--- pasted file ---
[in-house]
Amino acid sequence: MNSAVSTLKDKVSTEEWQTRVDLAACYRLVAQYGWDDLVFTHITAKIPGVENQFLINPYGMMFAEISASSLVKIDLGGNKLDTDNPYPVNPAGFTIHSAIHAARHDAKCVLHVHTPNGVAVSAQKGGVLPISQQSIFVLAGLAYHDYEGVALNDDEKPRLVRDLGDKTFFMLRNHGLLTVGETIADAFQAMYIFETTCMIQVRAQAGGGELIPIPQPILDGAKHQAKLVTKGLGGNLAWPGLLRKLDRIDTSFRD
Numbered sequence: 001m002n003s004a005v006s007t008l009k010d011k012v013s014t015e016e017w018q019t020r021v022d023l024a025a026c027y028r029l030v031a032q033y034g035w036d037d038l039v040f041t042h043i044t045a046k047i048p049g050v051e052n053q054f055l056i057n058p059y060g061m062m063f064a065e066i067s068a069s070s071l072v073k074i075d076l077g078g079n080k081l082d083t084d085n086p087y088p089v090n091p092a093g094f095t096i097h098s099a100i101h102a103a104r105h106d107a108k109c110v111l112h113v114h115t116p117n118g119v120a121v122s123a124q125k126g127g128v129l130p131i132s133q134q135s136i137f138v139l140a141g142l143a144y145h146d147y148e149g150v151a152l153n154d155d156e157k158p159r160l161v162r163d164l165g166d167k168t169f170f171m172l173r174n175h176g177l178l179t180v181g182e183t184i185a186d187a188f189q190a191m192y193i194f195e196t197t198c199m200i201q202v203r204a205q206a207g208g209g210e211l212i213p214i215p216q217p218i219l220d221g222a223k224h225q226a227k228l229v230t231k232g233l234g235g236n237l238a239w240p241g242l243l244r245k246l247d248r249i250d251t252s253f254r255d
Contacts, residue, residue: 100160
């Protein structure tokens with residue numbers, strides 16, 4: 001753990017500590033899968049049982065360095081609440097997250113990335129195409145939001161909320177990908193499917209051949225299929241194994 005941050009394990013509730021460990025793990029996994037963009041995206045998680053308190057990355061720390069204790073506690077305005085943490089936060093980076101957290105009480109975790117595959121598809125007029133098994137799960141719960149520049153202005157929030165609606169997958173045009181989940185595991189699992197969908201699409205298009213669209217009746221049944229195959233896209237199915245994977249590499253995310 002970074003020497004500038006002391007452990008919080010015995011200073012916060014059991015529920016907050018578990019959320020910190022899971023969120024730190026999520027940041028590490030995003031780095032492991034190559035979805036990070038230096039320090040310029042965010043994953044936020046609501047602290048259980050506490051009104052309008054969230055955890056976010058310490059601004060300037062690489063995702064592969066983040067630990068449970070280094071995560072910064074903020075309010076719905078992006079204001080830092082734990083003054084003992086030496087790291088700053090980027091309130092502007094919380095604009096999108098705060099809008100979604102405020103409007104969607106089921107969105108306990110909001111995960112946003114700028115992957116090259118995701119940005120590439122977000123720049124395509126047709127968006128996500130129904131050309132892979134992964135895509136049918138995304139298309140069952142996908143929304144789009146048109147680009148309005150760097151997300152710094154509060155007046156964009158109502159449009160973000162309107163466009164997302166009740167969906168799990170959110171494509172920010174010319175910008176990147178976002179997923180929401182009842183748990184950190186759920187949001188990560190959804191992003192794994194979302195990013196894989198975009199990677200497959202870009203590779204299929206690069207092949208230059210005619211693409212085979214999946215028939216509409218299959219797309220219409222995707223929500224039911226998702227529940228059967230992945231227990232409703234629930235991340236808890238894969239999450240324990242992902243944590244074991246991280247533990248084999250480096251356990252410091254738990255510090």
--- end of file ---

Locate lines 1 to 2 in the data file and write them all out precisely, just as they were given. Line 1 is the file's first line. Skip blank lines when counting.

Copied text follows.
[in-house]
Amino acid sequence: MNSAVSTLKDKVSTEEWQTRVDLAACYRLVAQYGWDDLVFTHITAKIPGVENQFLINPYGMMFAEISASSLVKIDLGGNKLDTDNPYPVNPAGFTIHSAIHAARHDAKCVLHVHTPNGVAVSAQKGGVLPISQQSIFVLAGLAYHDYEGVALNDDEKPRLVRDLGDKTFFMLRNHGLLTVGETIADAFQAMYIFETTCMIQVRAQAGGGELIPIPQPILDGAKHQAKLVTKGLGGNLAWPGLLRKLDRIDTSFRD